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Terashi, the Sun kami

August 8, 2012

Magic: The Gathering: the game in which the Sun tentacle rapes your stuff.

As much as of a mechanic clusterfuck as it is, Kamigawa is my favourite MTG setting, thanks to it’s rich flavour based on japanese mythology. So vivid is the Shinto theme that many obscure characters from the myths feature promeniently.

 

One of said characters happens to be Terashi, the Sun kami. While not having a card dedicated to him, there are three cards that illustrate his might, and he features promeniently in one of the vignettes (albeit mostly because his temple was stolen). From the get-go, Terashi has interested me for a number of reasons.

 

Perhaps the strongest one is his mythological origins. At first, I thought he was an original character – the Sun in japanese mythology is widely represented as a female deity, Amaterasu -, but with some help I got some rather interesting information.

 

The mythological Terashi

Terashi in his fascist years. No, seriously, that’s him pictured.

Terashi has historically been known as Terashi Haru-omikami. As the name implies, Terashi Haru-omikami, as the herald of the dawn, was seen as a symbol of rebirth, most specifically the renewal of the world (yana-oashi). His rising in the East marked a daily Spring, bringing life into the world and expelling darkness. Eventually, he was adopted as the sun circle in the flag of Japan.

 

Terashi was particularly associated with mountains, Mt. Fuji being the most obvious sacred place (this probably means Terashi should have been Red on Kamigawa, but whatever). The yamabushi ascetics paid particular homage to him, as he lighted the path to enlightment.

 

As previously said, Shinto mythology has a more prevalent solar deity, Amaterasu, who is female. Both deities remained seperate, despiste sharing ostensibly the same domain, and Amaterasu eventually became more dominant, though Terashi kept being recognised, in particular in association with the Yatagarasu, the three legged crow (a common sun-symbol in Asia). This seems to suggest that Amaterasu was a personification of the Sun’s light, while Terashi was the Sun itself – much like Apollo and Helios in Greek mythology. A similar situation occurs in norse mythology, where the female Sunna is the incarnation of the Sun, while the male Dagr or Freyr is daylight.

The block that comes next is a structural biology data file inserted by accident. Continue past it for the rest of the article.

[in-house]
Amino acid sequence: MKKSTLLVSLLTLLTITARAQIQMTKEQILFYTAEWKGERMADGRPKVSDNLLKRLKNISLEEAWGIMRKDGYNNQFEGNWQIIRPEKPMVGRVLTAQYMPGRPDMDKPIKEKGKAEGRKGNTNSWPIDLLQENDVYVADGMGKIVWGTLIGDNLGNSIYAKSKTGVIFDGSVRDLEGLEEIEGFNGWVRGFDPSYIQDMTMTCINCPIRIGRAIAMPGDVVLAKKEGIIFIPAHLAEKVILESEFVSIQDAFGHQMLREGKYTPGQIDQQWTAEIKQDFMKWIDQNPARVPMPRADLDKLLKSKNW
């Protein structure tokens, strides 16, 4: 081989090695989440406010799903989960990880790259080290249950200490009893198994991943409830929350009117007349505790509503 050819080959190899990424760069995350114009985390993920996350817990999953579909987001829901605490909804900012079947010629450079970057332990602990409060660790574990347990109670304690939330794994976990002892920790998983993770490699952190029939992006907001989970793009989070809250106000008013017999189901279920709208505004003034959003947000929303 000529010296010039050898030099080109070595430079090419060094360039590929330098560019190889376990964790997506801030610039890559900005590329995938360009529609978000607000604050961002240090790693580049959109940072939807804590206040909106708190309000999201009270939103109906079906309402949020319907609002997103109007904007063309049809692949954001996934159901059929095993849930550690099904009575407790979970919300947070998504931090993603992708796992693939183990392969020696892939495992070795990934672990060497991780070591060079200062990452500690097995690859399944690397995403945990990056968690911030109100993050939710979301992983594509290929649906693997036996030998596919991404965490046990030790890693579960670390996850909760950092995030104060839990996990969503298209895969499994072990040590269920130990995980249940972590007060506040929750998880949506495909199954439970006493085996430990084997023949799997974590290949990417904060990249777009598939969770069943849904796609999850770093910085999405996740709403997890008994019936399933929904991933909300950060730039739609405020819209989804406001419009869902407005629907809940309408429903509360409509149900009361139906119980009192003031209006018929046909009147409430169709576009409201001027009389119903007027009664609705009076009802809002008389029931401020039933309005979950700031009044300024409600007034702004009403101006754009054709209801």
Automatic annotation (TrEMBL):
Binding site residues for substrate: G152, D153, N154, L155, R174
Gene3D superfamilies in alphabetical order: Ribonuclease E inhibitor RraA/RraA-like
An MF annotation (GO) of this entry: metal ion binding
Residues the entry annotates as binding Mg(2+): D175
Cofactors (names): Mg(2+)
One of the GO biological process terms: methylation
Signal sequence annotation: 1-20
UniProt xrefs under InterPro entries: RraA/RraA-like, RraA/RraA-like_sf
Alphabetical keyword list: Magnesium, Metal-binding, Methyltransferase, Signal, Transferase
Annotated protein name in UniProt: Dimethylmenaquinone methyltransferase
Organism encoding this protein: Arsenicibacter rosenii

The prettiest of all! [eldritch abominations, that is]

Lovecraft would be so proud.

As hinted previously, Terashi is not quite your humanoid god. He is either depicted as the sun symbol, or as a three legged crow (known as Yatagarasu in the latter aspect). This is quite the contrast to the woman-like Amaterasu, and it further cements the different nature of these deities – if Amy is your acessible folk deity, Terashi is the more alien, esoteric occult god. That his main worshippers were ascetics doesn’t hurt.

 

In Magic: The Gathering, the Kamigawa version of Terashi strongly reminds me or Aforgomon, one of Yog-Sothoth’s avatars in H.P. Lovecraft’s story. In role in the story is fundamentally the same: a very alien being, whose main contributions to the storyline were aiding the other kami to slaughter mortals (making him, you guessed it, a White villain). Yet, he doesn’t appear to have much malice himself.

 

Then again, who the hell knows what he’s thinking.

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